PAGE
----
Although the Guyana Teachers’ Union [GTU] sees President David Granger’s remarks that government is looking to augment its initial offer to teachers as a “glimmer of hope”, it is yet disappointed that government’s focus continues to be on a single year .
At a press conference Friday, the Head of State said that his government is working towards meeting the salary demands of teachers and is therefore looking at fresh sources of funding to do this.
“We are a little hopeful…that efforts are being made to find money to make an offer that is a glimmer of hope that we have, and we hope that when that money is found that they will engage us from the 2016 period so that we can move forward,” Lyte shared. He is however fearful that by focusing on a single year, government is on a mission to disregard the other years that the union has proposed salary increases for.
“The union is still anticipating a multi-year agreement…you see the ploy is if we start from 2018 they will disregard the earlier years and this has
implications for the debunching monies as well… It is a deliberate attempt to shy away from that responsibility of paying the previously agreed position,” said Lyte.
In its salary proposal for public school teachers, which was submitted to government in November 2015 when a previous agreement with the former administration ended, the union had proposed that government consider the payment of debunching monies owed to teachers since 2011. The payment of debunching monies is expected to see teachers being placed on specific salary scales based not only on their qualifications, but also their years of experience for the years negotiated for ahead of 2018 [2016 and 2017].
Moreover, teachers will be short-changed if government pays them their debunching monies and salaries are only hiked for 2018.
The union had brought to the table a proposal asking for a 40 percent increase for teachers for 2016, which was endorsed by a Task Force established by government in addition to a five percent increase for the following four years [2017-2020].
“It was always 40 percent we proposed, and it was just a proposal, and the union was always open to the option of negotiating downwards after Cabinet would have looked at it and brought a position and a percentage to the table from 2016, because what we were looking at is a higher percentage on the 2016 salary, and we subsequently accepted smaller percentages,” Lyte explained.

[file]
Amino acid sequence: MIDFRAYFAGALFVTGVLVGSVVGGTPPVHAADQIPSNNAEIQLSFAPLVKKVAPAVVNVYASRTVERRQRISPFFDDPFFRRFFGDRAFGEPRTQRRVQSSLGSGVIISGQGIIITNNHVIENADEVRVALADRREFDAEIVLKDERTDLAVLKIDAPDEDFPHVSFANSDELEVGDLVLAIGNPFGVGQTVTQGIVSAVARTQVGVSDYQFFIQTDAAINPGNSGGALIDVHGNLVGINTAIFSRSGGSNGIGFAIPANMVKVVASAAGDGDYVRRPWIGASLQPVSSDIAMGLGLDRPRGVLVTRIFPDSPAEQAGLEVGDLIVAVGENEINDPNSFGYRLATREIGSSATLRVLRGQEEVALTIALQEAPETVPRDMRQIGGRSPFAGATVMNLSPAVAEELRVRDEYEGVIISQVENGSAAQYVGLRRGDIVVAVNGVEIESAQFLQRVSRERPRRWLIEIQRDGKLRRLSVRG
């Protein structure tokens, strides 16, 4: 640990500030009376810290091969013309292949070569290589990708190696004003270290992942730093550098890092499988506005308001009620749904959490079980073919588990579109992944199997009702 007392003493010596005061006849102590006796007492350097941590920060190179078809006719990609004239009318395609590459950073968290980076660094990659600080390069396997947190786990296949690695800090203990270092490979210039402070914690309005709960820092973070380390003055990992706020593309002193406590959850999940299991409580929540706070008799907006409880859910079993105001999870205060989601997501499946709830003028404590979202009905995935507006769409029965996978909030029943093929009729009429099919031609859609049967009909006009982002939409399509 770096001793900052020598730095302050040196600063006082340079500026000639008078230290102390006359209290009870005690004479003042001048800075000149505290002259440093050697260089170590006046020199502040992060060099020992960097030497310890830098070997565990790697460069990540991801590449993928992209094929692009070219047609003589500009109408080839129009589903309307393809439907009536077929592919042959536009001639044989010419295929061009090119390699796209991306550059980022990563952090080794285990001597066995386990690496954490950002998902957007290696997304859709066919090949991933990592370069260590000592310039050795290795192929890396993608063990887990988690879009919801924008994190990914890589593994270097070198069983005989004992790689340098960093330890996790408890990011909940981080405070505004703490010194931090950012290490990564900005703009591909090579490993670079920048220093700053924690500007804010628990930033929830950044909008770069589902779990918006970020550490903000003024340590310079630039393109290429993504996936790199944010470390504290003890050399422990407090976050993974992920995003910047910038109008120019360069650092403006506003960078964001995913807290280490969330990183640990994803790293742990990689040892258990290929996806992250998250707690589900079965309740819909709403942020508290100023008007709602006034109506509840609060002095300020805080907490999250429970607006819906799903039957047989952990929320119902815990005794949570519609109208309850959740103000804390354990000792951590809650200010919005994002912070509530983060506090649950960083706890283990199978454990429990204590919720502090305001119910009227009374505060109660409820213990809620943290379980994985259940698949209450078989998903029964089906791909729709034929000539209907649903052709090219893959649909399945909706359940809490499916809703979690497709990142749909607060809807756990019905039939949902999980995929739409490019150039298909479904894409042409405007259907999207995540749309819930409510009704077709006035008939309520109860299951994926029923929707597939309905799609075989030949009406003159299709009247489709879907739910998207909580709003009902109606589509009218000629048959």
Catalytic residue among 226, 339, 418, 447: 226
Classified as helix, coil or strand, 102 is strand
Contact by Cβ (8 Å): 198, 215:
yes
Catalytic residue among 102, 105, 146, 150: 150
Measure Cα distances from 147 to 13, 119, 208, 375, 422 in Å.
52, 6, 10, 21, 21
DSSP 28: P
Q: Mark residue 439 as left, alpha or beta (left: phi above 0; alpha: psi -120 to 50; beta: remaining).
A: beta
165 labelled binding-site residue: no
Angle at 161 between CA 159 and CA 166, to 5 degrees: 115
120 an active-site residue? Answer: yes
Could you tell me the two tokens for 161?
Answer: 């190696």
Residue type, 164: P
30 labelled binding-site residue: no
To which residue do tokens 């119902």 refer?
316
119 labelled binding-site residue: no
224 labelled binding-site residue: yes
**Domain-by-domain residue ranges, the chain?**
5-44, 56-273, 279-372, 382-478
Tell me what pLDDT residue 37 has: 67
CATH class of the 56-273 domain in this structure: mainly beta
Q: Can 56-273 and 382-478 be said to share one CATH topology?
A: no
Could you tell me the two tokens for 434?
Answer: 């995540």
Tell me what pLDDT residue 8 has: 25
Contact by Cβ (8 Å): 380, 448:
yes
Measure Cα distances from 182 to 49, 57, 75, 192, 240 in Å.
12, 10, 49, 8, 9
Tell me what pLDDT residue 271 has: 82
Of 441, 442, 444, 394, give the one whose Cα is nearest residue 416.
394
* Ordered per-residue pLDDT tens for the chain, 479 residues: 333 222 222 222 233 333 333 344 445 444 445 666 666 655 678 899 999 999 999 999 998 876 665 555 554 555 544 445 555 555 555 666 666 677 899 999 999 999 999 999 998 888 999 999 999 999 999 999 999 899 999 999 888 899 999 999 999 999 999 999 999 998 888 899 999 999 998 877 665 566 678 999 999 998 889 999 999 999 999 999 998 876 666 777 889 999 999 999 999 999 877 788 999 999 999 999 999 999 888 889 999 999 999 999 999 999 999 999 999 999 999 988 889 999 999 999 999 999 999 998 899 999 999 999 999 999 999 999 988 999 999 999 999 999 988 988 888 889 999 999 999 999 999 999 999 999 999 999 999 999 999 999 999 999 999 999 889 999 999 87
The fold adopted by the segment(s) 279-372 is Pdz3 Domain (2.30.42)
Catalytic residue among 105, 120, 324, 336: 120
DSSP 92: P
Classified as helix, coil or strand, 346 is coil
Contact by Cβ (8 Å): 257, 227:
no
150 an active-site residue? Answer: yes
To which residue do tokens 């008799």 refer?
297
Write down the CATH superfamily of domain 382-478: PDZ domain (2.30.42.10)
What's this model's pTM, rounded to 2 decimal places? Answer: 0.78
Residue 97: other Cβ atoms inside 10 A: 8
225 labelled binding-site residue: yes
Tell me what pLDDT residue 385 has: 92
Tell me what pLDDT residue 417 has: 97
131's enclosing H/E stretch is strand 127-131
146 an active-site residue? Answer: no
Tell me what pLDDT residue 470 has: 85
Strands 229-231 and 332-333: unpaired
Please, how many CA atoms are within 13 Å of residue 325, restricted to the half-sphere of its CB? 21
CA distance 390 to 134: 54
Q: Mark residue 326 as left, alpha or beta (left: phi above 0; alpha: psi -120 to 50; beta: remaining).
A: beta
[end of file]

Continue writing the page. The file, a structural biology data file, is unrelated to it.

According to Lyte, since this position was brought to the negotiation table to which government was well represented, “we are very disappointed that the Head of State could say at his press conference that the negotiation was only for one year”.
At his press conference, President Granger said, “At this stage the immediate need is for us to conclude an agreement which would see the teachers calling off the strike and entering into long term negotiations for that multi-year agreement”.
He however admitted that government has not yet embarked on the multi- year negotiations although, “I think it is desirable and we have not had that opportunity to complete those talks as yet. Right now people are preoccupied with almost day-to-day issues. I personally believe a multi-year agreement is desirable to have, but this is not the time now.”
But the GTU President stressed, “We are extremely disappointed by such revelations, and we are taken aback by the statement, because we believe everybody on the government side and the entire Cabinet, the Task Force and everybody, were aware that the negotiations was for a multi-year agreement because that was put forward. Saying at this point that the negotiations were for just one year came as a surprise and we are utterly disappointed that it has come down to this in the long run.”
Lyte asserted too that government cannot claim that there was a deficiency of information during the process even as he pointed out, “we provided all information needed to justify what we asked for and this was included in the report of the Task Force.”
“If government was in need of additional information then that should have been requested; whatever the Task Force requested us to put forward as justification, we did supply those and they were even included in the Appendix of the report submitted to government,” Lyte added.
Given the continued state of affairs, the GTU President said that the union will continue to move forward with strike action.
“Our teachers, those in support of the strike, will not be reporting to work until an agreement is brokered,” said Lyte, as he reassured of the union’s commitment to provide strike relief to teachers on strike.
“All our teachers on strike will be given strike relief once they participate,” said Lyte, as he disclosed that the union has also written to the various institutions such as stores and financial institutions asking for them to be lenient with teachers should their salaries be cut during their strike engagement.
However, Lyte reiterated that should the government make an offer to the union that will bring an end to strike action “our terms of resumption is that teachers will not be victimised and that there be an agreement for no salary cut.”
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